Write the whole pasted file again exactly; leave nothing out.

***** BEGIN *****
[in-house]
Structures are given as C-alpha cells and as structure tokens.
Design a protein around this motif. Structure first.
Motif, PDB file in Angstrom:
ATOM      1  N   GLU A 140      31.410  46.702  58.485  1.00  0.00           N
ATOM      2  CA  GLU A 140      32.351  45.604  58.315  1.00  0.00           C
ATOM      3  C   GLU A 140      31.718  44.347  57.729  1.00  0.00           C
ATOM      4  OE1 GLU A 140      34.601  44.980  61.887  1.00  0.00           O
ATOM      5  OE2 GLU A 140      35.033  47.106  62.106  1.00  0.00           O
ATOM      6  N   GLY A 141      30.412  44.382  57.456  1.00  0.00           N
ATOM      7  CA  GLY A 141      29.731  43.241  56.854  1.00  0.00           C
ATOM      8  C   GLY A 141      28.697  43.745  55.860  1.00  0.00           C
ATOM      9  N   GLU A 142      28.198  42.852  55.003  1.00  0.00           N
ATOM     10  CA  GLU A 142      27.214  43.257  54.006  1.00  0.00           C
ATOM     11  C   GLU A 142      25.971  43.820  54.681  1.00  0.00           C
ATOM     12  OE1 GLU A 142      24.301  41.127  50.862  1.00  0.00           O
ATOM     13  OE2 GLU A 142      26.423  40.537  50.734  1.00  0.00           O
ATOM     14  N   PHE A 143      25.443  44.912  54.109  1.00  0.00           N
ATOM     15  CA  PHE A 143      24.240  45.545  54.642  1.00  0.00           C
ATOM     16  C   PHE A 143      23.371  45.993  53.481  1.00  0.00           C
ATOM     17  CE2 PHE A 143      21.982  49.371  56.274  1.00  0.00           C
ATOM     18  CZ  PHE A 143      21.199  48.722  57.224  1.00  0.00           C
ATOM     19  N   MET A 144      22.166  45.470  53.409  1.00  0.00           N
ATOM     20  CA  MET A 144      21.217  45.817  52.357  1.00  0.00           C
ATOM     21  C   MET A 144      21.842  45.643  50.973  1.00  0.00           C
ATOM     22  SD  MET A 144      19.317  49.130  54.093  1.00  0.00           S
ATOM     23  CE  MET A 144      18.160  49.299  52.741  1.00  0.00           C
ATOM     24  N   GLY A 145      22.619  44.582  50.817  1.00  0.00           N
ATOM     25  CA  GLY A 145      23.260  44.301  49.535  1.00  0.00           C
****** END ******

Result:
[in-house]
Structures are given as C-alpha cells and as structure tokens.
Design a protein around this motif. Structure first.
Motif, PDB file in Angstrom:
ATOM      1  N   GLU A 140      31.410  46.702  58.485  1.00  0.00           N
ATOM      2  CA  GLU A 140      32.351  45.604  58.315  1.00  0.00           C
ATOM      3  C   GLU A 140      31.718  44.347  57.729  1.00  0.00           C
ATOM      4  OE1 GLU A 140      34.601  44.980  61.887  1.00  0.00           O
ATOM      5  OE2 GLU A 140      35.033  47.106  62.106  1.00  0.00           O
ATOM      6  N   GLY A 141      30.412  44.382  57.456  1.00  0.00           N
ATOM      7  CA  GLY A 141      29.731  43.241  56.854  1.00  0.00           C
ATOM      8  C   GLY A 141      28.697  43.745  55.860  1.00  0.00           C
ATOM      9  N   GLU A 142      28.198  42.852  55.003  1.00  0.00           N
ATOM     10  CA  GLU A 142      27.214  43.257  54.006  1.00  0.00           C
ATOM     11  C   GLU A 142      25.971  43.820  54.681  1.00  0.00           C
ATOM     12  OE1 GLU A 142      24.301  41.127  50.862  1.00  0.00           O
ATOM     13  OE2 GLU A 142      26.423  40.537  50.734  1.00  0.00           O
ATOM     14  N   PHE A 143      25.443  44.912  54.109  1.00  0.00           N
ATOM     15  CA  PHE A 143      24.240  45.545  54.642  1.00  0.00           C
ATOM     16  C   PHE A 143      23.371  45.993  53.481  1.00  0.00           C
ATOM     17  CE2 PHE A 143      21.982  49.371  56.274  1.00  0.00           C
ATOM     18  CZ  PHE A 143      21.199  48.722  57.224  1.00  0.00           C
ATOM     19  N   MET A 144      22.166  45.470  53.409  1.00  0.00           N
ATOM     20  CA  MET A 144      21.217  45.817  52.357  1.00  0.00           C
ATOM     21  C   MET A 144      21.842  45.643  50.973  1.00  0.00           C
ATOM     22  SD  MET A 144      19.317  49.130  54.093  1.00  0.00           S
ATOM     23  CE  MET A 144      18.160  49.299  52.741  1.00  0.00           C
ATOM     24  N   GLY A 145      22.619  44.582  50.817  1.00  0.00           N
ATOM     25  CA  GLY A 145      23.260  44.301  49.535  1.00  0.00           C